Don't care about the judgment of others ... Or Maybe not?

Who I am
Joe Dispenza
@joedispenza
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I admit I've never been a person who cares about the judgment of others.

Of course, over the years I have learned to let the superficial judgments of people who don't even know me slip on me, but in reality I don't care what other people think of me, and how.

As well as all those who say they don't care…. and who are happy when someone shows that they appreciate them.

For these the "who cares" would seem to be valid, if anything, only when the judgment is negative, while when it is positive - who knows why - suddenly they pick it up with joy.



It is obvious, in short, that this "not giving a damn about the judgment of others" is all a bit of a hypocritical lie: not only that, in reality, it matters a lot to everyone, but it is also right and natural that it should be so, and soon I'll explain why.

"But how!", You will tell yourself. "Not caring about the judgment of others is the mantra of an entire generation, a kind of categorical imperative, recommended by many influencers, blogs and articles".

Indeed, reading around, it seems that the more you don't give a damn about the judgment of others, the easier it will be for you to be successful and self-esteem.

Myself, when I talk about the fundamental reasons why people don't make their dreams come true, I always put first fear of the judgment of others.

But the fact is that, as often happens, things aren't all white or all black.

And therefore, not caring about the judgment of others is a powerful weapon only if you learn to use it when you need it.


Otherwise, the judgment of others - whether you claim to care or not - becomes a tremendous thorn in the side in realizing your potential.


Vedremo allora insieme, in questo articolo:

  • Because we often place so much emphasis on the judgment of others
  • To what extent is it healthy and right to not care
  • What are the two feelings, one negative and the other positive, that the judgment of others can trigger in us
  • How do you really deal with the judgment of others.

Where does the fear of the judgment of others come from

The human species has always been profoundly conditioned by the judgment of others.

In ancient times, material resources were very scarce, technology did not exist, the world was a very dangerous place where men, in order to survive, were forced to live in small groups, with very stringent rules.

Being misjudged for some of one's behavior could therefore lead to exclusion from the group.

And that, in those days of saber-toothed tigers, it meant nothing less than physical death.

Fortunately, today things have changed: the environment in which we live is much more complex, but also much less dangerous.

And therefore, rightly so, we try to look at diversity as an element of human wealth, not as a threat.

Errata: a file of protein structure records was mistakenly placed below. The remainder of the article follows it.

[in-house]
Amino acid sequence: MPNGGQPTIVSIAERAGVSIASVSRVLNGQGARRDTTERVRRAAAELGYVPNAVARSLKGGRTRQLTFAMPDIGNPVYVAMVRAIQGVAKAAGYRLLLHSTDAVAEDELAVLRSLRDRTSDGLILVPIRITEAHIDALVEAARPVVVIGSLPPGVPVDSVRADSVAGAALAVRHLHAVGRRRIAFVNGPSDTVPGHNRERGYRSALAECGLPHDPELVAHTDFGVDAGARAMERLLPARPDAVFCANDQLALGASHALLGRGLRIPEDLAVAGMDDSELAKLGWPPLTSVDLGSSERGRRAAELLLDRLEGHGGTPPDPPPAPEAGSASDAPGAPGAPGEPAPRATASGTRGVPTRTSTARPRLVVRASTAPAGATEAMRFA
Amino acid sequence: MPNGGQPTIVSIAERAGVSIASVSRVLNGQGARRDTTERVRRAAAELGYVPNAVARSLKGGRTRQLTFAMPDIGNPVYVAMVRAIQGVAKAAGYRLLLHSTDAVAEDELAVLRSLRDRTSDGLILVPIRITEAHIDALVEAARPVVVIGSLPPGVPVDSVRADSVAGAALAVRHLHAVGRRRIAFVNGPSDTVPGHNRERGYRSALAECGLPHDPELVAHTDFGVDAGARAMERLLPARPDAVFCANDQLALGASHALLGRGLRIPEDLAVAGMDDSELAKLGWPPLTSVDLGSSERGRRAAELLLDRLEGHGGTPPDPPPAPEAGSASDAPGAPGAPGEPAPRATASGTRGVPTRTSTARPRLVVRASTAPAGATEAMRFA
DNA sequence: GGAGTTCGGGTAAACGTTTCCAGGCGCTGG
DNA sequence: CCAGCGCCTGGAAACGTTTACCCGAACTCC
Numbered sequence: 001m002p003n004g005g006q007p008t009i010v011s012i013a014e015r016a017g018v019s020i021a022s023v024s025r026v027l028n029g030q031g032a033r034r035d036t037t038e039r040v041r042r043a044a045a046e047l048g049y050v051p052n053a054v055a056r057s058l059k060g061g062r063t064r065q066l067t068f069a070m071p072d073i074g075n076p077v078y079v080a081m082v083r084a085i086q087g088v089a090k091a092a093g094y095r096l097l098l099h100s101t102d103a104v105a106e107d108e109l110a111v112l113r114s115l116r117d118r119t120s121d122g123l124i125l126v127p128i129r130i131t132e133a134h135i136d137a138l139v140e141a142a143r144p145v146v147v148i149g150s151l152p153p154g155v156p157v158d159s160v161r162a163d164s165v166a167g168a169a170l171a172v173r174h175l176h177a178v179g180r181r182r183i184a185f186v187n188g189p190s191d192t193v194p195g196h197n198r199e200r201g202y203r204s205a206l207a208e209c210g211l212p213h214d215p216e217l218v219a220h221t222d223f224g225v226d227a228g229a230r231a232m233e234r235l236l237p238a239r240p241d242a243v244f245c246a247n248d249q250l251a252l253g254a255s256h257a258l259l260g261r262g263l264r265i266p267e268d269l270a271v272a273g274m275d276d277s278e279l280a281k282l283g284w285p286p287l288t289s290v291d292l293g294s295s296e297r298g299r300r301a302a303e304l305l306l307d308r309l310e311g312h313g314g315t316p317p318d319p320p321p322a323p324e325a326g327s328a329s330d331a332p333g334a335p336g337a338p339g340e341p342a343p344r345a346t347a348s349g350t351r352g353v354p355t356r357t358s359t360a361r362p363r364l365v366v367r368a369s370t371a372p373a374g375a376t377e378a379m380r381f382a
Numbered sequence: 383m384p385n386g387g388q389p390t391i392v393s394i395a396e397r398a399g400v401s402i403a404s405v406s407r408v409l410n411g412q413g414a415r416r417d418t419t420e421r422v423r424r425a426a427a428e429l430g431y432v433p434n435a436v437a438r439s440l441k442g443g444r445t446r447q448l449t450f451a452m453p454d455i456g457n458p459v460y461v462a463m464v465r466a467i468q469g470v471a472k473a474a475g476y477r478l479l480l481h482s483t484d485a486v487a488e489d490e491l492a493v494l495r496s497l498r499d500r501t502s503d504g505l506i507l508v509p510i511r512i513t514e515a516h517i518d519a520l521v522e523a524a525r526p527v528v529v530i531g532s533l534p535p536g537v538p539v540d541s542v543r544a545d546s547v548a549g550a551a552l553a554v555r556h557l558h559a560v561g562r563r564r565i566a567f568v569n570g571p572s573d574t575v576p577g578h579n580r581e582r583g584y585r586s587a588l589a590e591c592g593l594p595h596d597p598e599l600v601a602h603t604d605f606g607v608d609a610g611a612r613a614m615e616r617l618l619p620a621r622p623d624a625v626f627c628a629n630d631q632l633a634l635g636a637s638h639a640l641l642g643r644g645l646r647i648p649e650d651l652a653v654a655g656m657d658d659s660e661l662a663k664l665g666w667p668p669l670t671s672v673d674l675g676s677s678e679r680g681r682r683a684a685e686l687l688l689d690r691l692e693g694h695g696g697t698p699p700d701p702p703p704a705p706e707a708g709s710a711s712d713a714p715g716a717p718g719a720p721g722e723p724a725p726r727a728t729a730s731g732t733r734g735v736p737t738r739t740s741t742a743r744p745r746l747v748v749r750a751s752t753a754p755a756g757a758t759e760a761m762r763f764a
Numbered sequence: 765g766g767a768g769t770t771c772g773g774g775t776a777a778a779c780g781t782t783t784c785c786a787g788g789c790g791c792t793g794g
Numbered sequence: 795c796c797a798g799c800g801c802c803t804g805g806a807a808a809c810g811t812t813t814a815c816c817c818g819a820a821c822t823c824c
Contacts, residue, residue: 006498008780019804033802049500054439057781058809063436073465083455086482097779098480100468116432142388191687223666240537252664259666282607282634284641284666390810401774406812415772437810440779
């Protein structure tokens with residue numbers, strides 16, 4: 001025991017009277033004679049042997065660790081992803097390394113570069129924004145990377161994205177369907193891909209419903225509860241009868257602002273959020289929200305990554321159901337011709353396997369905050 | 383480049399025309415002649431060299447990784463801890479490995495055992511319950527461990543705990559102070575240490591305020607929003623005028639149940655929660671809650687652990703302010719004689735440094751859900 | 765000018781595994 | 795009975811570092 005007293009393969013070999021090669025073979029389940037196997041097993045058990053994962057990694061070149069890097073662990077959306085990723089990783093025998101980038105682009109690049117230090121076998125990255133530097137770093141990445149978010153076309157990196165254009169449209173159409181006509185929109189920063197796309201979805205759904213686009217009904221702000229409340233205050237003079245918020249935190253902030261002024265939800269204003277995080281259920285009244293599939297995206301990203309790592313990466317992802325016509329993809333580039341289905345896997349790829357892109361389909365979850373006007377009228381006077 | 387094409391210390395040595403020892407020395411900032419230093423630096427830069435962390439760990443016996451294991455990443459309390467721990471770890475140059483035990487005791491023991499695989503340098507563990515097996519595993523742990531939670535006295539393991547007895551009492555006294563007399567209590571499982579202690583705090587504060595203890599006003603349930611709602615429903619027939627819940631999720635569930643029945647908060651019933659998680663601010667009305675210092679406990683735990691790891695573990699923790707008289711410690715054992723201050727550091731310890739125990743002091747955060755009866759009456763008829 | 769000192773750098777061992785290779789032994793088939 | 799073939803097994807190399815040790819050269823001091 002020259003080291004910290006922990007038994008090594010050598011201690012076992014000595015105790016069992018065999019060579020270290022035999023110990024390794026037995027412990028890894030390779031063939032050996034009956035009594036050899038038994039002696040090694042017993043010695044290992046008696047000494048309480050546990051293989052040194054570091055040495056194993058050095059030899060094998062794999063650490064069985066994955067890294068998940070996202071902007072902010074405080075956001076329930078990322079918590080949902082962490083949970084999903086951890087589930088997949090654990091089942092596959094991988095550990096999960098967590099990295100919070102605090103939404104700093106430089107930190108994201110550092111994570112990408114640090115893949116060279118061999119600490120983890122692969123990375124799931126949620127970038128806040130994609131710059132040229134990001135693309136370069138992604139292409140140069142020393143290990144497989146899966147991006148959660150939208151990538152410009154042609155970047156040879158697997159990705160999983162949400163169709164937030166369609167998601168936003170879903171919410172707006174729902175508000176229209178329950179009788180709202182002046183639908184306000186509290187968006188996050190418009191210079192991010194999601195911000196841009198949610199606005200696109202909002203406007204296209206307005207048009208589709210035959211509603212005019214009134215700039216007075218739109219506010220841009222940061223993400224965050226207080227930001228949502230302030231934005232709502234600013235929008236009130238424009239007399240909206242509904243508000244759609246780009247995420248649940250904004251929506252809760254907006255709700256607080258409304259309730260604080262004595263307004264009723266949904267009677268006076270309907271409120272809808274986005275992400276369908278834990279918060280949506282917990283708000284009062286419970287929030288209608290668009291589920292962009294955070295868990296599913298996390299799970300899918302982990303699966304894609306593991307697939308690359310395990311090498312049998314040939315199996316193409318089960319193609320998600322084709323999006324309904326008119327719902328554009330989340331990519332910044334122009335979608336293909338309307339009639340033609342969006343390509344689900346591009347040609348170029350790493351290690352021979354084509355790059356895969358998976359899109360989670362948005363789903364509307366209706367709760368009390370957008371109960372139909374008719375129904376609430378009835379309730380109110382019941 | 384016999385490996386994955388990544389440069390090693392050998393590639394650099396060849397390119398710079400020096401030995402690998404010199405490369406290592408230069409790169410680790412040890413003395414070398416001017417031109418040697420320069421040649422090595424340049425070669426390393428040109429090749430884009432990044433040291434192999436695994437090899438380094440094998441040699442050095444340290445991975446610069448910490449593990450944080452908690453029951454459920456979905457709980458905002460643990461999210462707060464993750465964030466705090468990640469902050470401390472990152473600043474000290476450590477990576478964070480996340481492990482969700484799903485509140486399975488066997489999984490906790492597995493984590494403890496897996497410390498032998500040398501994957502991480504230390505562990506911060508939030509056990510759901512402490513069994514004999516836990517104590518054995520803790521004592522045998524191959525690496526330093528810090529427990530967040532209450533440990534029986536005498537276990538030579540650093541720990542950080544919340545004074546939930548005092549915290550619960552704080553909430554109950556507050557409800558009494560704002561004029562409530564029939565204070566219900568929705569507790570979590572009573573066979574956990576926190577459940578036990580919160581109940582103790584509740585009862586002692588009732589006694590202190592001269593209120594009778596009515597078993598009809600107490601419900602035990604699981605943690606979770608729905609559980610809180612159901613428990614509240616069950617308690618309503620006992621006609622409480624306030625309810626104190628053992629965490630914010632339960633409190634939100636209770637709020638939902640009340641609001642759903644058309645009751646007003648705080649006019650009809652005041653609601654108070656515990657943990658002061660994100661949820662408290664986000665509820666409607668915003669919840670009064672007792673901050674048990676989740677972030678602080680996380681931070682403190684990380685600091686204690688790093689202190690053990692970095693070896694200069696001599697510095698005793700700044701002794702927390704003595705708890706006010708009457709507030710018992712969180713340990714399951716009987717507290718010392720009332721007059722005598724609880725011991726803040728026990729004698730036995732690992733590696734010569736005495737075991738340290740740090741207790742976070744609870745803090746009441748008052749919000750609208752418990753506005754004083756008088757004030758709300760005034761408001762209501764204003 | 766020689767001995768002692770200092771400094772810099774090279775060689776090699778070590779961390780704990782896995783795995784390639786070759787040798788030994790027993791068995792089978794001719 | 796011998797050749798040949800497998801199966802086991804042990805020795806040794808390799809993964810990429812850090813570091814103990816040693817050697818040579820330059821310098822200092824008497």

However, since we are not genetically very different from the cavemen of the Pleistocene, the judgment of others - for someone more and for someone less - is a real psychological boulder to be reckoned with.


Because, even if being judged negatively no longer leads to physical death, there is another type of death that can be almost as scary: the social one.

And this is where things get tough.

On the one hand, in fact, as many advise, including myself, one should not condition one's choices and opinions to the fear of being accepted by one's family, social and working group.


On the other hand, however, when you have everyone against, well, it could also be that you are wrong great and that you should therefore have the humility to admit it.

To unravel this tangled skein, I propose that you answer two questions together.

To what extent is it right to not care about the judgment of others?

This question was suggested to me by a blog that I have been following a lot lately, namely the beautiful “Life advice that doesn't suck”, by Mark Manson.

Let's start with a premise: Manson's absolute best seller - which I also recommend in my article on the best motivational books - is "The subtle art of doing whatever C +++ you want"(Yes, Manson is also famous for having this very direct style!), So it would seem that he is a proponent of" not giving a damn about ifs and buts ".

And instead, reading the book, it is clear that Manson does not suggest at all to live one's life as trains running that stop at nothing and above all in front of anyone.


Quite the contrary.

It is not by rushing impulsively - and compulsively - to meet every experience that we will find our true path.

It is not being careless of the next that we will get rid of the burdens of life.

It is not by making reckless choices and dictated by the desire of the moment, that we will find happiness or peace inner.

Manson instead says a phrase that goes something like this: "If you find yourself having the same problems with 10 people, you should seriously consider that YOU are the problem."

Manson's real suggestion - in the blog as well as in the book - is therefore very far from saying "Do what you want"